Right now, parents are burdened by the expectation of being constantly present with our kids the minute they are out of school or nursery, yet workplaces expect us to be available around the clock too.
Last year I shared one of my many Mum Guilt experiences of giving my son many fish finger dinners whilst I juggled my two jobs. I was inundated with messages of solidarity, but the response also concerned me. It led to some personal introspection and discussion with my clients.
How was their work day affected if they had a challenging nursery drop off? Are they holding themselves back from moving into a more senior role? How was Mum Guilt affecting them personally and professionally?
Many internal barriers, including fears, were shared. Mum Guilt was affecting them more unconsciously than they were aware of:
- From turning down high-profile projects for fear of missing out on time at home.
- To being stressed every week when a particular meeting would overrun and having to run to the tube to make nursery pick up. For this particular woman, this stress would be experienced for that entire day with the sheer uncertainty of this meeting’s timings.
- To relishing in returning to work as they “hated” being at home with their newborn.
- Or realising that Mum Guilt was manifesting in throwing extravagant birthday parties.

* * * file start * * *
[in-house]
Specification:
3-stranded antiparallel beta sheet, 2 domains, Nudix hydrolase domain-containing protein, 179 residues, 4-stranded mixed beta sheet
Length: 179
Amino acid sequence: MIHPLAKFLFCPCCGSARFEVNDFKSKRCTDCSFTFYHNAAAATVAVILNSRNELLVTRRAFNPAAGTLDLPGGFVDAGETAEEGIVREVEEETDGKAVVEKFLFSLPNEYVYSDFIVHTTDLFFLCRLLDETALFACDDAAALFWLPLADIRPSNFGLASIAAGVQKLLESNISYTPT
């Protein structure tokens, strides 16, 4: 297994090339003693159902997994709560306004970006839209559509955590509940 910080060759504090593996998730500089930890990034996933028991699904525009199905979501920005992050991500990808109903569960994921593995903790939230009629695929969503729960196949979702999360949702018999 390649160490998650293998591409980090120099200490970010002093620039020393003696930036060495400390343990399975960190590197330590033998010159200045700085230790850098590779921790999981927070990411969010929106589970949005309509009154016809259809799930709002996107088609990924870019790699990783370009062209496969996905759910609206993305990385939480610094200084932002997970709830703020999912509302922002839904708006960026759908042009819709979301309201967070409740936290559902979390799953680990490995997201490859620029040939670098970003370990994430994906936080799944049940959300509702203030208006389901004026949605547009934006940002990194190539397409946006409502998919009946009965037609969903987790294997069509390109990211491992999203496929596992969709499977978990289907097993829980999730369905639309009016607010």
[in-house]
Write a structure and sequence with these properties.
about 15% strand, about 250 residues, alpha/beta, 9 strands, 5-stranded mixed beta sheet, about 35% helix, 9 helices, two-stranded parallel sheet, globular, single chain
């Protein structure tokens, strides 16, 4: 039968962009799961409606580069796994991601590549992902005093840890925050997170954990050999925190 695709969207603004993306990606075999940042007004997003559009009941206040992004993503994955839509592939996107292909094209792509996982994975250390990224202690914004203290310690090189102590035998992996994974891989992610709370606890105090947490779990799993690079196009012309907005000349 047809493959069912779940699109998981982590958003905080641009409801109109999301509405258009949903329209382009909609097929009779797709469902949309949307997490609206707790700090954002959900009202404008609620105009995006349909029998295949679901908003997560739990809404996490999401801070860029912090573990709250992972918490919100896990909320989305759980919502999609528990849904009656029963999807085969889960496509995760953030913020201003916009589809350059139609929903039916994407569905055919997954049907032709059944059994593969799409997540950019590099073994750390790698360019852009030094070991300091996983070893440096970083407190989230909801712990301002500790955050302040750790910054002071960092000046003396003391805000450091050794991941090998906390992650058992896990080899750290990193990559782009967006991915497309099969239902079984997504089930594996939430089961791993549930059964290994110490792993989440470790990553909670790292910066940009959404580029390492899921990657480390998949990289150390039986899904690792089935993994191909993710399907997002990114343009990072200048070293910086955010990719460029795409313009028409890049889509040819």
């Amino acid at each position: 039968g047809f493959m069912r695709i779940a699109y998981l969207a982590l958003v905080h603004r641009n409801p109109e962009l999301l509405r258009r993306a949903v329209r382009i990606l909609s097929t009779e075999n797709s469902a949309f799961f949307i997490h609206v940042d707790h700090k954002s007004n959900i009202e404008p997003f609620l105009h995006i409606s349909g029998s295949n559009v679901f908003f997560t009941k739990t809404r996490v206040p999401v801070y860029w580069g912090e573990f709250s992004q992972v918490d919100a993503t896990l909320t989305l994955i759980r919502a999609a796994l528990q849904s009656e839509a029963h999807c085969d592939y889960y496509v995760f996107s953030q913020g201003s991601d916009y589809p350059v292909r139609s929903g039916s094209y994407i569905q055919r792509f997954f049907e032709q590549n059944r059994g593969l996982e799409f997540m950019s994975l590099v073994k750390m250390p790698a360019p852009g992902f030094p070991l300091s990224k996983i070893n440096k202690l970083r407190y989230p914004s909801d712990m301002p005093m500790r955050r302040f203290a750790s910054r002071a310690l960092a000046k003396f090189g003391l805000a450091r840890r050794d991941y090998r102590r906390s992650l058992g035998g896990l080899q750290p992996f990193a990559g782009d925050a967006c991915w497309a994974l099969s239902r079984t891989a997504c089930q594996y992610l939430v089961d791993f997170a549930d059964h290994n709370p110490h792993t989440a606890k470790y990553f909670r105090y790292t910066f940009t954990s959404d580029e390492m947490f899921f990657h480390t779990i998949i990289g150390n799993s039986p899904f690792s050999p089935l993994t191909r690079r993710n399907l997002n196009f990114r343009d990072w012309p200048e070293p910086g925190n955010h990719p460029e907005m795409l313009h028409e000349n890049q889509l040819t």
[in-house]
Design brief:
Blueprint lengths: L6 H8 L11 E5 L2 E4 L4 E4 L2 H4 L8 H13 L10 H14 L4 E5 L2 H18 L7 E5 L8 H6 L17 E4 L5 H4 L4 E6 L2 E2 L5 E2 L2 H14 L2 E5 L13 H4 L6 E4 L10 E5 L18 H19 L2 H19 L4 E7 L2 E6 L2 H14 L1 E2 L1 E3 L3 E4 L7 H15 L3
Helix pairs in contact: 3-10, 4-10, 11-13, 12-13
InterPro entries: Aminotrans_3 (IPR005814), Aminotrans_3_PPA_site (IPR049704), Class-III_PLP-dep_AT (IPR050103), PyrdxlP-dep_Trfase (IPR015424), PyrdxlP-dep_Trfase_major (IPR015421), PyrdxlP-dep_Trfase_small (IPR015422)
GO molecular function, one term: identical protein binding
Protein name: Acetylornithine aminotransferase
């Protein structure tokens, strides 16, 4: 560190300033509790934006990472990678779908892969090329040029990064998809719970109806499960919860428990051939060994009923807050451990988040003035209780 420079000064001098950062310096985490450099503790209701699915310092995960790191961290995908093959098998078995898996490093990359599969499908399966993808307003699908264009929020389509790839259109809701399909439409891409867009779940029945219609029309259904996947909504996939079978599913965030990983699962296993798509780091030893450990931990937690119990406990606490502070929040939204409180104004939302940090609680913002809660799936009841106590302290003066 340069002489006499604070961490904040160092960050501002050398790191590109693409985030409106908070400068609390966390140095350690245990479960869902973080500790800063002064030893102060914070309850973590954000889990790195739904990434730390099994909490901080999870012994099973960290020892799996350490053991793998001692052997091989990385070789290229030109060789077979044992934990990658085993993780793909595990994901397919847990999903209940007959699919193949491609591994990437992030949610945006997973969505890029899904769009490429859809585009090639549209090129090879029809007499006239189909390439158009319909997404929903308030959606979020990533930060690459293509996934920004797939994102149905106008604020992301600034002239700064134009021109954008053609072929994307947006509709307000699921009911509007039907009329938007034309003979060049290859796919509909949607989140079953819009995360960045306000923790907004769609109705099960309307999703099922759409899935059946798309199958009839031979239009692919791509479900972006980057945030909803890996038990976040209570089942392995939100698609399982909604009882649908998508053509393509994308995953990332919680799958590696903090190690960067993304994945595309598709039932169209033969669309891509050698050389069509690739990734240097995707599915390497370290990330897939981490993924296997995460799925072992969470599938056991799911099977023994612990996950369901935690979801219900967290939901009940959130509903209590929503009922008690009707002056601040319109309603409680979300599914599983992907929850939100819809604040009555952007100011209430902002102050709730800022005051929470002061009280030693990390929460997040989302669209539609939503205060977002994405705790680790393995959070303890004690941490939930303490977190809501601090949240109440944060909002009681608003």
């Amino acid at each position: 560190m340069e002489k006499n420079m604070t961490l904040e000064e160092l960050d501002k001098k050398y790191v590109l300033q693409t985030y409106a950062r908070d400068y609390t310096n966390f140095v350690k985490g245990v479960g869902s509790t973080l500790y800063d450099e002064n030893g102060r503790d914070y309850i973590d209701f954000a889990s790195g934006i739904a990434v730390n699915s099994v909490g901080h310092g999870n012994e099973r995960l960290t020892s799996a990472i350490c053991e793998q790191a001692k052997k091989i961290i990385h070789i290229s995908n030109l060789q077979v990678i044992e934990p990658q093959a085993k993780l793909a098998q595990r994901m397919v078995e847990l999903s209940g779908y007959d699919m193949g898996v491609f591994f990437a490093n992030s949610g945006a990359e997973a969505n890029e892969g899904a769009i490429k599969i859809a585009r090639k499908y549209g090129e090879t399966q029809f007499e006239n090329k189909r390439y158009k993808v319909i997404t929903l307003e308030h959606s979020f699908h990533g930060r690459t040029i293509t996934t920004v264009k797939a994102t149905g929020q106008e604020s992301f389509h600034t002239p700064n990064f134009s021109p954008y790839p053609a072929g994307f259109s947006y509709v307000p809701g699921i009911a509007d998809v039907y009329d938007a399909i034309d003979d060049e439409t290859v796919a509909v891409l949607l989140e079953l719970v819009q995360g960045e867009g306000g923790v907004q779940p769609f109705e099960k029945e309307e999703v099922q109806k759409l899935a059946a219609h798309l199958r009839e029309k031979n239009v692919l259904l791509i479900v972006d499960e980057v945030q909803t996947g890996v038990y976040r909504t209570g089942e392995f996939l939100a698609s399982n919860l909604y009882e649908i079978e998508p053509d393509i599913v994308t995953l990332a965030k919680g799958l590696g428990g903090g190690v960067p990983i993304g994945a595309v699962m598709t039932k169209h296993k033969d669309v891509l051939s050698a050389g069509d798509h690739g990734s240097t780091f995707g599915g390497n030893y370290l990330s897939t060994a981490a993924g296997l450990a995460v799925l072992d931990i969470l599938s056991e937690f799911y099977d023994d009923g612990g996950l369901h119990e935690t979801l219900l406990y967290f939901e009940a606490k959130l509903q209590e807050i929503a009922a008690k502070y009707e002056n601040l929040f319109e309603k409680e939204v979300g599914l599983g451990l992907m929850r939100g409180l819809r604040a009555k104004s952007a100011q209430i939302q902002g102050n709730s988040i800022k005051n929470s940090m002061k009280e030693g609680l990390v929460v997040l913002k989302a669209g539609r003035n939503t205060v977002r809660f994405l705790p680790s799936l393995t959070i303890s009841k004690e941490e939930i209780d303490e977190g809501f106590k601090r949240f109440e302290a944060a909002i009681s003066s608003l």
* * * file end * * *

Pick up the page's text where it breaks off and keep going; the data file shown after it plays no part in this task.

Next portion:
I recently surveyed 100 women whilef developing my latest course, The Working Mum’s Toolkit, and 59% said Mum Guilt was a key concern, behind ‘Confidence’ and ‘Knowing how to juggle family and work’; and 63% said they aspire to be a ‘calm and present Mum’.
Continually hearing these challenges, and experiencing them myself, inspired me to both research and share tools to help overcome Mum Guilt, such as positive reframing, used in cognitive psychology, and writing a simple list of the things that you have done for your child that day or week.
I am happy with the progress that’s been made: I’ve seen clients reporting back that they no longer feel wracked with the Mum Guilt that had been distracting them at work all day (and often impacting their mental health).
The Guiltless Mum Campaign
Today I am launching my Guiltless Mum campaign to bring awareness to the challenges created by an epidemic of Mum Guilt.
The campaign is an invitation to consider how Mum Guilt is affecting you with a Quiz that links to free resources. I worked with Illustrator (and Mum), Paula Kuka to create campaign images, and will be inviting mums to share these with the hashtag #guiltlessmum in an effort to be more aware of feelings of guilt.
With every share of the campaign, a donation will be made towards Dress for Success charity, supporting women back in the workforce.
It is my hope that by overcoming the barrier of Mum Guilt, women will be happier, more focused and productive, because the last thing that we need is another barrier holding us back. Businesses can also take steps to offer resources to working parents, alongside improved policies on flexible working.
Take the Mum Guilt Quiz and get access to free resources to help.
The Working Mum’s Toolkit is an online resource and is available for £37, enabling women to feel more confident, have balance and return to work after maternity leave. Please get in touch for corporate packages.
I am offering 10 businesses a free workshop on the topic of “Confidence, Balance and Burnout”, including the Mum Guilt Epidemic in the workplace (open to all employees). I’m offering these on a first come, first serve basis – if interested, please do get in touch: firstname.lastname@example.org